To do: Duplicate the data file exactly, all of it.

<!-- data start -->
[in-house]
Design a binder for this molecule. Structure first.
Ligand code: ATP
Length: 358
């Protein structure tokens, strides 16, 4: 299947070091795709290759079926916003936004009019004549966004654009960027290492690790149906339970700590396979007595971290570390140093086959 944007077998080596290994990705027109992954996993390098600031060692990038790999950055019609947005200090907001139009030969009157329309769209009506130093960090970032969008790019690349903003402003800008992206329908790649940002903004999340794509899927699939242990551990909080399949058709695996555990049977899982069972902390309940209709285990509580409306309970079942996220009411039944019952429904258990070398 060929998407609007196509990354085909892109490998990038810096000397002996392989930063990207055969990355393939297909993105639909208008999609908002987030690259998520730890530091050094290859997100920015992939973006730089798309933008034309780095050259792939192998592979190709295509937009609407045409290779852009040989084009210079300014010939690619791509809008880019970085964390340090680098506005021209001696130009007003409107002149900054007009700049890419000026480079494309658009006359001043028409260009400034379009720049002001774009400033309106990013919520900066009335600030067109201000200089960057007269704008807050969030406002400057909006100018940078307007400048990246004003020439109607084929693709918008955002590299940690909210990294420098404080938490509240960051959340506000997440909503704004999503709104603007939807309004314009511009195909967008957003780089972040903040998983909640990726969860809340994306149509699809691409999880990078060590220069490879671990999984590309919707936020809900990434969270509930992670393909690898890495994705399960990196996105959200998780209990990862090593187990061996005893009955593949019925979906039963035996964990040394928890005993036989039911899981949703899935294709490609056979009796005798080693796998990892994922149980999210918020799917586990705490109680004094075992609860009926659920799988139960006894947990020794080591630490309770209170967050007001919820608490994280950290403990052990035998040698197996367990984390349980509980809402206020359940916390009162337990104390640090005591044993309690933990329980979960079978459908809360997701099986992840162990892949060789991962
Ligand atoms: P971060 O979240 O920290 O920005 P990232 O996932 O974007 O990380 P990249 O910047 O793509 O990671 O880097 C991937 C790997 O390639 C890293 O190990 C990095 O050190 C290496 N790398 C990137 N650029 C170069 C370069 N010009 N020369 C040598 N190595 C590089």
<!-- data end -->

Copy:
[in-house]
Design a binder for this molecule. Structure first.
Ligand code: ATP
Length: 358
């Protein structure tokens, strides 16, 4: 299947070091795709290759079926916003936004009019004549966004654009960027290492690790149906339970700590396979007595971290570390140093086959 944007077998080596290994990705027109992954996993390098600031060692990038790999950055019609947005200090907001139009030969009157329309769209009506130093960090970032969008790019690349903003402003800008992206329908790649940002903004999340794509899927699939242990551990909080399949058709695996555990049977899982069972902390309940209709285990509580409306309970079942996220009411039944019952429904258990070398 060929998407609007196509990354085909892109490998990038810096000397002996392989930063990207055969990355393939297909993105639909208008999609908002987030690259998520730890530091050094290859997100920015992939973006730089798309933008034309780095050259792939192998592979190709295509937009609407045409290779852009040989084009210079300014010939690619791509809008880019970085964390340090680098506005021209001696130009007003409107002149900054007009700049890419000026480079494309658009006359001043028409260009400034379009720049002001774009400033309106990013919520900066009335600030067109201000200089960057007269704008807050969030406002400057909006100018940078307007400048990246004003020439109607084929693709918008955002590299940690909210990294420098404080938490509240960051959340506000997440909503704004999503709104603007939807309004314009511009195909967008957003780089972040903040998983909640990726969860809340994306149509699809691409999880990078060590220069490879671990999984590309919707936020809900990434969270509930992670393909690898890495994705399960990196996105959200998780209990990862090593187990061996005893009955593949019925979906039963035996964990040394928890005993036989039911899981949703899935294709490609056979009796005798080693796998990892994922149980999210918020799917586990705490109680004094075992609860009926659920799988139960006894947990020794080591630490309770209170967050007001919820608490994280950290403990052990035998040698197996367990984390349980509980809402206020359940916390009162337990104390640090005591044993309690933990329980979960079978459908809360997701099986992840162990892949060789991962
Ligand atoms: P971060 O979240 O920290 O920005 P990232 O996932 O974007 O990380 P990249 O910047 O793509 O990671 O880097 C991937 C790997 O390639 C890293 O190990 C990095 O050190 C290496 N790398 C990137 N650029 C170069 C370069 N010009 N020369 C040598 N190595 C590089």